In the last week, many notable Americans have passed away. This article will cover a few of these amazing people from various walks of life that helped to shape American culture and life in some way.


Mark White (1940-2017) was a lawyer and politician, who was the last Democratic Governor of Texas. From 1973-77 he served as the 74th Secretary of State of Texas. He then resigned to focus on running for attorney general, winning the election. White served as the 47th Attorney General of Texas from 1979-83. He then ran for governor, defeating incumbent Bill Clements.

White served as the 43rd Governor of Texas from 1983-87.

During his tenure as governor, he sought to diversify the state's economy and improve education. He also appointed the first Hispanic women to serve as a judge of a district court in the state. He lost reelection in 1986 and the Democratic nomination in 1990. White died on August 5 at age 77 from a heart attack.


Chuck Loeb (1955-2017) was a jazz musician who was a member of Stan Gretz's group, Steps Ahead, Metro, The Fantasy Band, and Fourplay during his career. In 1989, he began his solo career as an artist, making 21 studio albums between 1989 and 2016. The title song of his 1996 album “The Music Inside” was his first solo commercial success, reaching the top spot of jazz charts.

He has also been nominated for three Grammys. Loeb died on July 31 at age 61 from cancer.

Daniel Licht (1957-2017) was a soundtrack composer and musician for a number of movies, TV shows, and video games. Some of the notable 40 plus films he was the composer for include “Children of the Corn”, “Hellraiser: Bloodline” and “Cabin by the Lake.” He was best known for being the composer for the TV show “Dexter.” In gaming, he was the composer for the “Dishonored” series as well as “Silent Hill: Downpour” and “Silent Hill: Book of Memories.” Licht died on August 2 at age 60 from sarcoma cancer.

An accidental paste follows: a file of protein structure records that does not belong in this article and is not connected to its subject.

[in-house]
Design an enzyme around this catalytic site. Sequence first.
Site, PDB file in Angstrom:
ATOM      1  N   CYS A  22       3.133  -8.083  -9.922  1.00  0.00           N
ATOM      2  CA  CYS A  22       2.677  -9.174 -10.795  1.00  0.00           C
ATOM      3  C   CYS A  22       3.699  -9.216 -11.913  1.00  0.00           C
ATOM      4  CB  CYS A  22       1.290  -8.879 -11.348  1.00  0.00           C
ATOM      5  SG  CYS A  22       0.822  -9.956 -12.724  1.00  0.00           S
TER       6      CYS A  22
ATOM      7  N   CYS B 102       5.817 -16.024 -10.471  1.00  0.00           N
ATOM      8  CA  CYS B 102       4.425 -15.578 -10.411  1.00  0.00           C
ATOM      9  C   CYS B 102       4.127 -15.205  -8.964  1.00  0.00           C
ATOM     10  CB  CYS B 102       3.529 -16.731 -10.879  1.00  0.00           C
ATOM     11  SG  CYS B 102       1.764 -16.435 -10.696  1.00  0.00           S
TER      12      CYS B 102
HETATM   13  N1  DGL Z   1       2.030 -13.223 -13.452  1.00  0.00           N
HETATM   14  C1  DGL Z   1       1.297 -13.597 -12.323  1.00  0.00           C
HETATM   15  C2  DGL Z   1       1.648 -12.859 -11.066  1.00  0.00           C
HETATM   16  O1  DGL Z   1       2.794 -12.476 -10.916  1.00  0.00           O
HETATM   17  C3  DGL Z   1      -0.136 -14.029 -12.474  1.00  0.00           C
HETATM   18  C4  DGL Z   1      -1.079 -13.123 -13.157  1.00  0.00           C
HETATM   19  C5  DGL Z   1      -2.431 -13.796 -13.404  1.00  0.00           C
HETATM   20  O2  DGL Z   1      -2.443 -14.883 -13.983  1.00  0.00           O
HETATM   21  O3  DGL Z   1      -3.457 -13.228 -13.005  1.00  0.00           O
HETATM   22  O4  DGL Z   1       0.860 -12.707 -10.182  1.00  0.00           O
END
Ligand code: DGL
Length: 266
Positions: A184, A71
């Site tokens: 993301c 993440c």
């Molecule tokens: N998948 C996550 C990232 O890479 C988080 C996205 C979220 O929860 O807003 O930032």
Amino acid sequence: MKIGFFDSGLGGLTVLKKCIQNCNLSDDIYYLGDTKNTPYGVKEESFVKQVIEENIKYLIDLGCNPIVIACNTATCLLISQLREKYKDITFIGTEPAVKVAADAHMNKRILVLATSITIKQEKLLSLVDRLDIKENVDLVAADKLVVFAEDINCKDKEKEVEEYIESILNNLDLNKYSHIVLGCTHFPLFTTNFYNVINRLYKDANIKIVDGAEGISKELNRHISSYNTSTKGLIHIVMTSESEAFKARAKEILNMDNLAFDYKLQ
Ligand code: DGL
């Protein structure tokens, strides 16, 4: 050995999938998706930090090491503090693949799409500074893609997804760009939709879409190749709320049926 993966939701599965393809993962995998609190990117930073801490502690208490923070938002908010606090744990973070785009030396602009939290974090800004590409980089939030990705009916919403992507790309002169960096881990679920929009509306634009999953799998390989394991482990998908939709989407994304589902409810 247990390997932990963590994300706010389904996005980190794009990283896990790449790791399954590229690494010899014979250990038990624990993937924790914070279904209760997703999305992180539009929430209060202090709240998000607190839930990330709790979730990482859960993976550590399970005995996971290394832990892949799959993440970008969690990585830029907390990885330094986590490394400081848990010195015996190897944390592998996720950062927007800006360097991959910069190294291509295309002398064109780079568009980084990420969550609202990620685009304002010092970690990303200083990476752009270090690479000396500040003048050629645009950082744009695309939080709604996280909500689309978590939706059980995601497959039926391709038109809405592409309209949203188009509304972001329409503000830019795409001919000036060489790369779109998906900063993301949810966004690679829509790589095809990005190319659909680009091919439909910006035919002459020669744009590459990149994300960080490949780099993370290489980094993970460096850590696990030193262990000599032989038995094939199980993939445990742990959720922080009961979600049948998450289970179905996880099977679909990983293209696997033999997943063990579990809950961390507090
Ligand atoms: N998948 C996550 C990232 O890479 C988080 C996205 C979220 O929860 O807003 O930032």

Ty Hardin (1930-2017) was a TV and film actor. He was best known for his role as Bronco Layne starring in the TV series “Bronco” and also playing him in “Sugarfoot.“ Hardin also starred as Moss Andrews in the short lived TV show “Riptide.” In film, he was best known for his roles in “Battle of the Bulge”, “PT 109”, “Palm Springs Weekend” among others.

Hardin died on August 3 at age 87.


Dave Grayson (1939-2017) was a defensive back who played in the AFL and the NFL. He spent his first four seasons (1961-64) with the Kansas City Chiefs before ending his career playing for the Oakland Raiders from 1965-70. During his ten-year career, Grayson made the Pro Bowl six times and was an AP 1st Team All-Pro four times.

He had 48 career interceptions, is the AFL's all-time career interception leader with 47 and had five career defensives touchdowns. He was also a two-time AFL Champion and was selected to the AFL All-Time Team in 1970. Grayson died on July 29 at age 79.

John Reaves (1950-2017) was an NFL and USFL quarterback. During three-year run in college with the Florida Gators, he finished as the NCAA's career leader in passing yards (7,581) and SEC leader in passing touchdowns (56).

In 1985, he would be inducted into the team's Athletic Hall of Fame.

Reaves was drafted in the 1st round in 1972 by the Eagles, but had a journeyman career, playing for five teams from 1972-81 and 1987. From 1983-85 he played in the USFL for the Tampa Bay Bandits, throwing for the second most passing yards (10,011) in USFL history. Reaves died on August 1 at age 67.

Ara Parseghian (1923-2017) was a football player and college head coach. His football career was cut short in the second game of his second season with the Cleveland Browns due to a serious hip injury in 1949. He was then an assistant at Miami of Ohio for one season before taking over as head coach after Woody Hayes went to Ohio State.

In five seasons as head coach, he went 37-6-1, winning two MAC conference championships.

He then went to coach Northwestern, going 36-35-1 in eight seasons with the team, leaving the school after his contract was not renewed over disputes with the athletic director. Parseghian then took the job he is best known for, becoming the head coach at Notre Dame and helping turn around the program after a decade of irrelevance.

In eleven seasons at Notre Dame, he went 95-17-4. In his first year, he won the AFCA Coach of the Year award and the team was recognized as national champions by the NFF by being awarded the MacArthur Trophy. In 1966 and 1973, the team was named the official national champions of college football by the AP. After he retired he worked as an analyst covering college football for ABC and later CBS from 1975 to 1988. Parseghian died on August 2 at age 94.